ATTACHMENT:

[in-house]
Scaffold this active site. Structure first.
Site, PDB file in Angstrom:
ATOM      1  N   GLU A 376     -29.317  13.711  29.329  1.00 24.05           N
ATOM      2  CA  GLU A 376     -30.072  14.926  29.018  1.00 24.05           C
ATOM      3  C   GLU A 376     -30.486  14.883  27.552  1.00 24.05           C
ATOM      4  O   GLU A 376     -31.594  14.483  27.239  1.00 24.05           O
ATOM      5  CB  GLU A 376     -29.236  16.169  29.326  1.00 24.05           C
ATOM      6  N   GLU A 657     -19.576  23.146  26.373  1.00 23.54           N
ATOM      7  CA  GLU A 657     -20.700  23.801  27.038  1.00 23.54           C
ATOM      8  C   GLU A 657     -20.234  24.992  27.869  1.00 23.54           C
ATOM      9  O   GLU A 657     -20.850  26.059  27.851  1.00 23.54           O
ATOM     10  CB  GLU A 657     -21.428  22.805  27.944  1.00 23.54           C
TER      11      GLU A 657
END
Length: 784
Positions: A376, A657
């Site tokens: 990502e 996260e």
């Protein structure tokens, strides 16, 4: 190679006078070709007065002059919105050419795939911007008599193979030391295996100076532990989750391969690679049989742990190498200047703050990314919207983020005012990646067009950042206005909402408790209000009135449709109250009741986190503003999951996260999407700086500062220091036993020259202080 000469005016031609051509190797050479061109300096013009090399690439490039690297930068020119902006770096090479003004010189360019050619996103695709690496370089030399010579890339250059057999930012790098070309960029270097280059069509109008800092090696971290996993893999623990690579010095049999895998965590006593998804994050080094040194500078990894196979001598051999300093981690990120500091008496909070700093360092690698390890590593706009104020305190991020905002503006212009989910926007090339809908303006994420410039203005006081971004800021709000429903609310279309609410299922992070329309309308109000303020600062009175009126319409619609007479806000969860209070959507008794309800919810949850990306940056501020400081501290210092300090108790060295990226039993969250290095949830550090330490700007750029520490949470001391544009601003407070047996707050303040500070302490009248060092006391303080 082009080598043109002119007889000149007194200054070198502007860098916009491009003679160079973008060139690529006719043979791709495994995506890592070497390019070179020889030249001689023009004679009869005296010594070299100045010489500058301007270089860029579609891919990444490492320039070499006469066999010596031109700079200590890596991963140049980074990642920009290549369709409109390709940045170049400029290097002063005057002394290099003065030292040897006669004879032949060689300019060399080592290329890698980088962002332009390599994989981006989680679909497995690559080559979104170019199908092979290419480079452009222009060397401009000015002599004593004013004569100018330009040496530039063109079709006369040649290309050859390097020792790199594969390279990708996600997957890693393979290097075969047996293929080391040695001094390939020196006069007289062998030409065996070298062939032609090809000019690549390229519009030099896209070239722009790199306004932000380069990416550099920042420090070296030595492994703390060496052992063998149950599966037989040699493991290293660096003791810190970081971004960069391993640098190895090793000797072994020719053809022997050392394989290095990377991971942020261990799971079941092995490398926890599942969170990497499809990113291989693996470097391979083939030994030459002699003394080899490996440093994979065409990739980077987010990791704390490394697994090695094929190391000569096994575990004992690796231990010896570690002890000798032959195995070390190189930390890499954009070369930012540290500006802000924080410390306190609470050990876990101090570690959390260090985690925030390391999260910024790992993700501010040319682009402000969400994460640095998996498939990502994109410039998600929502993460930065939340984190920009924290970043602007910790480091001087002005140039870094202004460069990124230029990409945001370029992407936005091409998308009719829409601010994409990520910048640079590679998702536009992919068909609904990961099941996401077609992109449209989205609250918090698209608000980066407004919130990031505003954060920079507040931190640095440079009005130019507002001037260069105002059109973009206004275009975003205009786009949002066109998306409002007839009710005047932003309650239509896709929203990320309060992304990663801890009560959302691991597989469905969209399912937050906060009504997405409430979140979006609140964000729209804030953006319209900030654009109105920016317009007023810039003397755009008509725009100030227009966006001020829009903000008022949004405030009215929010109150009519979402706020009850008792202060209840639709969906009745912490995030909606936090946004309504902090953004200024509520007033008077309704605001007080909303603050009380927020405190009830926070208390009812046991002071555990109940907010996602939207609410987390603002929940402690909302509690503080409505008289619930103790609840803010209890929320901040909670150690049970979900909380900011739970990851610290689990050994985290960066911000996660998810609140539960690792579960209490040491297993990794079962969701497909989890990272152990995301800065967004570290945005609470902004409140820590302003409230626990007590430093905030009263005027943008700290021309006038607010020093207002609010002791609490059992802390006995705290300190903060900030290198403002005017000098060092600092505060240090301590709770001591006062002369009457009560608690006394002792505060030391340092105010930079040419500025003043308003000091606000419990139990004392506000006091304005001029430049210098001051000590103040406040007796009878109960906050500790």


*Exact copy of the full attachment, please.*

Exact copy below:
[in-house]
Scaffold this active site. Structure first.
Site, PDB file in Angstrom:
ATOM      1  N   GLU A 376     -29.317  13.711  29.329  1.00 24.05           N
ATOM      2  CA  GLU A 376     -30.072  14.926  29.018  1.00 24.05           C
ATOM      3  C   GLU A 376     -30.486  14.883  27.552  1.00 24.05           C
ATOM      4  O   GLU A 376     -31.594  14.483  27.239  1.00 24.05           O
ATOM      5  CB  GLU A 376     -29.236  16.169  29.326  1.00 24.05           C
ATOM      6  N   GLU A 657     -19.576  23.146  26.373  1.00 23.54           N
ATOM      7  CA  GLU A 657     -20.700  23.801  27.038  1.00 23.54           C
ATOM      8  C   GLU A 657     -20.234  24.992  27.869  1.00 23.54           C
ATOM      9  O   GLU A 657     -20.850  26.059  27.851  1.00 23.54           O
ATOM     10  CB  GLU A 657     -21.428  22.805  27.944  1.00 23.54           C
TER      11      GLU A 657
END
Length: 784
Positions: A376, A657
């Site tokens: 990502e 996260e």
């Protein structure tokens, strides 16, 4: 190679006078070709007065002059919105050419795939911007008599193979030391295996100076532990989750391969690679049989742990190498200047703050990314919207983020005012990646067009950042206005909402408790209000009135449709109250009741986190503003999951996260999407700086500062220091036993020259202080 000469005016031609051509190797050479061109300096013009090399690439490039690297930068020119902006770096090479003004010189360019050619996103695709690496370089030399010579890339250059057999930012790098070309960029270097280059069509109008800092090696971290996993893999623990690579010095049999895998965590006593998804994050080094040194500078990894196979001598051999300093981690990120500091008496909070700093360092690698390890590593706009104020305190991020905002503006212009989910926007090339809908303006994420410039203005006081971004800021709000429903609310279309609410299922992070329309309308109000303020600062009175009126319409619609007479806000969860209070959507008794309800919810949850990306940056501020400081501290210092300090108790060295990226039993969250290095949830550090330490700007750029520490949470001391544009601003407070047996707050303040500070302490009248060092006391303080 082009080598043109002119007889000149007194200054070198502007860098916009491009003679160079973008060139690529006719043979791709495994995506890592070497390019070179020889030249001689023009004679009869005296010594070299100045010489500058301007270089860029579609891919990444490492320039070499006469066999010596031109700079200590890596991963140049980074990642920009290549369709409109390709940045170049400029290097002063005057002394290099003065030292040897006669004879032949060689300019060399080592290329890698980088962002332009390599994989981006989680679909497995690559080559979104170019199908092979290419480079452009222009060397401009000015002599004593004013004569100018330009040496530039063109079709006369040649290309050859390097020792790199594969390279990708996600997957890693393979290097075969047996293929080391040695001094390939020196006069007289062998030409065996070298062939032609090809000019690549390229519009030099896209070239722009790199306004932000380069990416550099920042420090070296030595492994703390060496052992063998149950599966037989040699493991290293660096003791810190970081971004960069391993640098190895090793000797072994020719053809022997050392394989290095990377991971942020261990799971079941092995490398926890599942969170990497499809990113291989693996470097391979083939030994030459002699003394080899490996440093994979065409990739980077987010990791704390490394697994090695094929190391000569096994575990004992690796231990010896570690002890000798032959195995070390190189930390890499954009070369930012540290500006802000924080410390306190609470050990876990101090570690959390260090985690925030390391999260910024790992993700501010040319682009402000969400994460640095998996498939990502994109410039998600929502993460930065939340984190920009924290970043602007910790480091001087002005140039870094202004460069990124230029990409945001370029992407936005091409998308009719829409601010994409990520910048640079590679998702536009992919068909609904990961099941996401077609992109449209989205609250918090698209608000980066407004919130990031505003954060920079507040931190640095440079009005130019507002001037260069105002059109973009206004275009975003205009786009949002066109998306409002007839009710005047932003309650239509896709929203990320309060992304990663801890009560959302691991597989469905969209399912937050906060009504997405409430979140979006609140964000729209804030953006319209900030654009109105920016317009007023810039003397755009008509725009100030227009966006001020829009903000008022949004405030009215929010109150009519979402706020009850008792202060209840639709969906009745912490995030909606936090946004309504902090953004200024509520007033008077309704605001007080909303603050009380927020405190009830926070208390009812046991002071555990109940907010996602939207609410987390603002929940402690909302509690503080409505008289619930103790609840803010209890929320901040909670150690049970979900909380900011739970990851610290689990050994985290960066911000996660998810609140539960690792579960209490040491297993990794079962969701497909989890990272152990995301800065967004570290945005609470902004409140820590302003409230626990007590430093905030009263005027943008700290021309006038607010020093207002609010002791609490059992802390006995705290300190903060900030290198403002005017000098060092600092505060240090301590709770001591006062002369009457009560608690006394002792505060030391340092105010930079040419500025003043308003000091606000419990139990004392506000006091304005001029430049210098001051000590103040406040007796009878109960906050500790």